If there’s one thing that being on maternity leave has given me (other than time with my baby, of course), it’s time to read. When I’m not changing diapers or rocking my daughter to sleep, you’ll catch me with a book in hand as I am determined to work through my extensive to-be-read list before I return to work. If you are a serial book collector and reader, like I am, then you will undoubtedly have a long series of titles that have been sitting on your bookshelf for months (years?) and that, for one reason or another, are always placed on the backburner. In my case, that was especially true for contemporary Italian writers, who oftentimes simply did not spark enough interest for me to pick up the book and delve into it. However, despite my long-lasting love for Italian classics, I promised myself that I would read more contemporary authors to see what their work is all about. If you find yourself in the same predicament and keep wondering if you should buy that book when you walk into your favorite bookstore, take a leap of faith, and see what the following writers have to offer. Here is a list of five authors whom I have greatly enjoyed over the past few months.
Mostly known for bringing to life the famous Commissario Montalbano (later interpreted by Luca Zingaretti in the homonymous TV show), Andrea Camilleri’s novels and short stories came as a wonderful surprise. After reading La gita a Tindari (2000), a short, witty detective novel that takes place in Sicily, I was hooked and have now read several of his works. What I most appreciated about the novel is the language Camilleri uses, a perfect mix between Italian and the Sicilian dialect. So, if you can read it in Italian, I highly recommend doing so.
Chiara Gamberale is one of Italy’s up-and-coming authors who has already won several accolades. Her first novel, Una vita sottile (published when the author was only 22 years old, in 1999), was a wide success, so much so that her works are now published in over 15 countries. My first approach with the author, however, came with one of her best-selling novels, La zona cieca (2008), followed by Il grembo paterno (2021). Her works bring to life the fragilities of modern living and give center stage to the many psychological aspects that guide our everyday actions and emotions.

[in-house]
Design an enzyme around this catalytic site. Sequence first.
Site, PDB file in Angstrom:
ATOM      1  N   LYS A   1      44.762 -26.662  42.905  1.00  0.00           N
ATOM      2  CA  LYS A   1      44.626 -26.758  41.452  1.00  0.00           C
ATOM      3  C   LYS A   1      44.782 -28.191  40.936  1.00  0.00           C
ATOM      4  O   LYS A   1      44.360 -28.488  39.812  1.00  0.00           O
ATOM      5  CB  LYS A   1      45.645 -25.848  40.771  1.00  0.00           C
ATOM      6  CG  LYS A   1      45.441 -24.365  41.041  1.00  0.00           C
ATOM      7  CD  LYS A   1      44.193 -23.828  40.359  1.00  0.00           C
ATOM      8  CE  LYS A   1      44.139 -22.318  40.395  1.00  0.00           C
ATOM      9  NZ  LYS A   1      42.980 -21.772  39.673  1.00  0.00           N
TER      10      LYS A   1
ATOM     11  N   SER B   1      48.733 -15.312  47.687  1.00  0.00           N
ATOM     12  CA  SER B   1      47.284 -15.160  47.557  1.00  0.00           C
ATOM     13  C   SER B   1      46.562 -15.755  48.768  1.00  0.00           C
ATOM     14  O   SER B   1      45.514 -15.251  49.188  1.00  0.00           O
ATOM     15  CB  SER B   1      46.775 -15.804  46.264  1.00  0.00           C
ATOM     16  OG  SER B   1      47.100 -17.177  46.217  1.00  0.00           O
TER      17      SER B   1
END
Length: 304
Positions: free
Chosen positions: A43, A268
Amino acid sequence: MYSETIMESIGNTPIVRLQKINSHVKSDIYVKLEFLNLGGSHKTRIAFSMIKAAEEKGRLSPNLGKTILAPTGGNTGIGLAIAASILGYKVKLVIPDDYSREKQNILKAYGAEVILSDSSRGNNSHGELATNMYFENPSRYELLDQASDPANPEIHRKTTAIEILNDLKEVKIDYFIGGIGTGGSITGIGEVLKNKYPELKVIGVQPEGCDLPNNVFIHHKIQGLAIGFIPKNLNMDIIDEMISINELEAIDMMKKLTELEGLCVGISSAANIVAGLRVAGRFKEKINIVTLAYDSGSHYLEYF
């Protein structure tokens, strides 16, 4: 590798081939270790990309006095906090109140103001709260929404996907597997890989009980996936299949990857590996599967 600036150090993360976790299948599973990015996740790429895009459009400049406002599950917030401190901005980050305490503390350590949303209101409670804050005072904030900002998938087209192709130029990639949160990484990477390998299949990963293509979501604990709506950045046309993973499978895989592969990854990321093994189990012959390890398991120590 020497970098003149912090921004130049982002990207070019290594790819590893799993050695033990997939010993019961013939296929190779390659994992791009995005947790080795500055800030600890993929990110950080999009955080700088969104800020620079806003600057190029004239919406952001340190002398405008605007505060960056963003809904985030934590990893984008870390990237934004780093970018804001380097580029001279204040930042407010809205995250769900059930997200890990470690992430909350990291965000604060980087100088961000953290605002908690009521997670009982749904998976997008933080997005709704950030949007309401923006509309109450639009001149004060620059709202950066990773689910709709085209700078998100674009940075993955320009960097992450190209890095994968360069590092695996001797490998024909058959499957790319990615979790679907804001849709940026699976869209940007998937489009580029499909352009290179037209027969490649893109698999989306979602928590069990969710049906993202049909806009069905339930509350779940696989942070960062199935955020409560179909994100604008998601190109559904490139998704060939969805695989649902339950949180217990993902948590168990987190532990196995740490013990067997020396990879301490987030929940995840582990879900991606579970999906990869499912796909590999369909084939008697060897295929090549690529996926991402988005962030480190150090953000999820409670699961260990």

Tiziano Terzani, a Florentine author, is perhaps the writer who pushed me further away from my reading comfort zone. I approached him through his novel Un indovino mi disse (1995), published after his largely acclaimed first novel Buonanotte, Signor Lenin (1992). In Un indovino mi disse, Terzani takes us with him on his travels through South East Asia in the early 1990s, describing the lifestyle, customs and cultures encountered along the way. The common thread of his travels, which also marks the beginning and end of the novel, is his interaction with fortune tellers in each country (or city) he visits. His novels are slow-paced, yet full of anecdotes, and truly allow the reader to absorb the stories that are being told.
Stefania Auci became critically acclaimed in Italy after publishing her first novel, I leoni di Sicilia in 2019, followed by its sequel, L’inverno dei leoni in 2021. To say that I tore through the books would be an understatement. Both novels focus on the life of the Florio family in Sicily, who became one of the most prominent merchant and entrepreneurial families in Italy and Europe during the 1800s. However, these novels are not a mere biography. Alongside the personal stories of the Florio clan, we also learn about history, politics, fashion and commerce, all of which influenced the rise and fall of this prominent Sicilian family.
Last, but not least, Elena Ferrante, one of Italy’s most praised contemporary authors. After her widely acclaimed tetralogy L’amica geniale, which I highly recommend, captured readers around the world, Elena Ferrante enchants her public once again with her latest novel, La vita bugiarda degli adulti (which recently debuted as a Netflix series), published in 2019. Naples sets the stage for this dichotic work, where class divisions, deteriorated family relationships and adolescent trauma are brought out into the open. In line with her other novels, her style is direct and easy to follow, sprinkled with words in the Neapolitan dialect.